The game marks the transition of the series to a style of gameplay reminiscent of Lemmings. In each level, the player has to guide a number of Mini toys to the exit door. They start moving automatically upon tapping them, although they can be kept under control for the remainder of the level using the touchscreen. They can be swept sideways to change their direction or upward to make them jump, or tapped to bring them to a stop. The levels are scattered with various mechanisms, switches or enemies that can be manipulated by the player or the toys themselves to help them progress. Even though levels can be finished with only one Mini left, bringing as many Minis as possible to the goal increases the player's score with a significant amount, awarding them a star rating which contributes towards unlocking extra levels.

Mario vs. Donkey Kong: Minis March Again!
June 8, 2009
Nintendo DSi
Mario vs. Donkey Kong: Minis March Again! is a retelling of the game's previous story with a different gameplay. Mario once again sends the Minis to rescue Pauline from Donkey Kong, who has kidnapped her on a whim for being declined a Mini toy after they sold out.

The player no longer has control over the Minis after activating them, and can only modify the environment so that the toys are safely escorted to the exit door. Unlike in the previous game, no Mini has to be lost or destroyed on the way to the goal, as this lowers the amount of retries the player has until they reach a game over. A characteristic mechanic of this game, the Pink Block, has been adjusted from the previous game to be individually removed and placed in special slots throughout a stage, acting as walls or platforms for the Minis.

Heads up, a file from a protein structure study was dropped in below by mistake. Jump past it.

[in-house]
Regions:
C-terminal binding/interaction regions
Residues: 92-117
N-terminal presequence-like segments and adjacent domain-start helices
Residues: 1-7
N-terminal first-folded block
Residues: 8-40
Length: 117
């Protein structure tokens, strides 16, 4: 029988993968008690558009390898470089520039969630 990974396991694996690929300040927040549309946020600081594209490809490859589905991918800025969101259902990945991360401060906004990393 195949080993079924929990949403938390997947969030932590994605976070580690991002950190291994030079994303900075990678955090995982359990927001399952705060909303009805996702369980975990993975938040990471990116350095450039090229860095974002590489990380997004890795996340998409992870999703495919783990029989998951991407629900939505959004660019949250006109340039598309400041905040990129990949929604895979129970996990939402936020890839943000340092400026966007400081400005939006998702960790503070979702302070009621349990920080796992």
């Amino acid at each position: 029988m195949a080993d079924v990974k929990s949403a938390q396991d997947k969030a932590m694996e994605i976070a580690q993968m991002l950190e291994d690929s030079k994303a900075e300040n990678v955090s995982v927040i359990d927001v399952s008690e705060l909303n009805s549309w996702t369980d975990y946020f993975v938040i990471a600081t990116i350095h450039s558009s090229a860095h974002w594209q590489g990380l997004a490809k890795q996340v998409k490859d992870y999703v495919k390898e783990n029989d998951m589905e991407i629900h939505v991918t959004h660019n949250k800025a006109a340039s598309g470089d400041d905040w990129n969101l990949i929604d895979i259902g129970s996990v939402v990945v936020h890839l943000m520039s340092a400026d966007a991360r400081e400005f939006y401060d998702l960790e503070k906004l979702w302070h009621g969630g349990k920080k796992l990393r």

Mario vs. Donkey Kong: Mini-Land Mayhem!
Mario vs Donkey Kong Mini-Land Mayhem (NA).jpg
November 14, 2010
Nintendo DS
In Mario vs. Donkey Kong: Mini-Land Mayhem!, Mario and Pauline open a new amusement park, the Mini-Land, where the public comes for a chance to obtain the brand new Mini Pauline toy. Donkey Kong arrives late and learns that there are no more of these toys, making him kidnap the real Pauline out of spite. As such, Mario and the Minis set out once again to rescue Pauline on the Super Mini Mario Express, a locomotive which they use to commute from one attraction to the other.

The gameplay takes after the predecessor, in that the Minis start marching uncontrollably after being initiated and the player must form a path for them to the exit, avoiding obstacles and collecting optional items. However, the extra life mechanic is ditched. The key mechanic of the game is constructing various platforms and walls to direct the Minis, making use of a limited stockpile of resources to build them. Red Girders are introduced to the gameplay and would form a main-stay feature in the following titles.

Mario and Donkey Kong: Minis on the Move
Mario and Donkey Kong - Minis on the Move Logo.png
May 9, 2013
Nintendo 3DS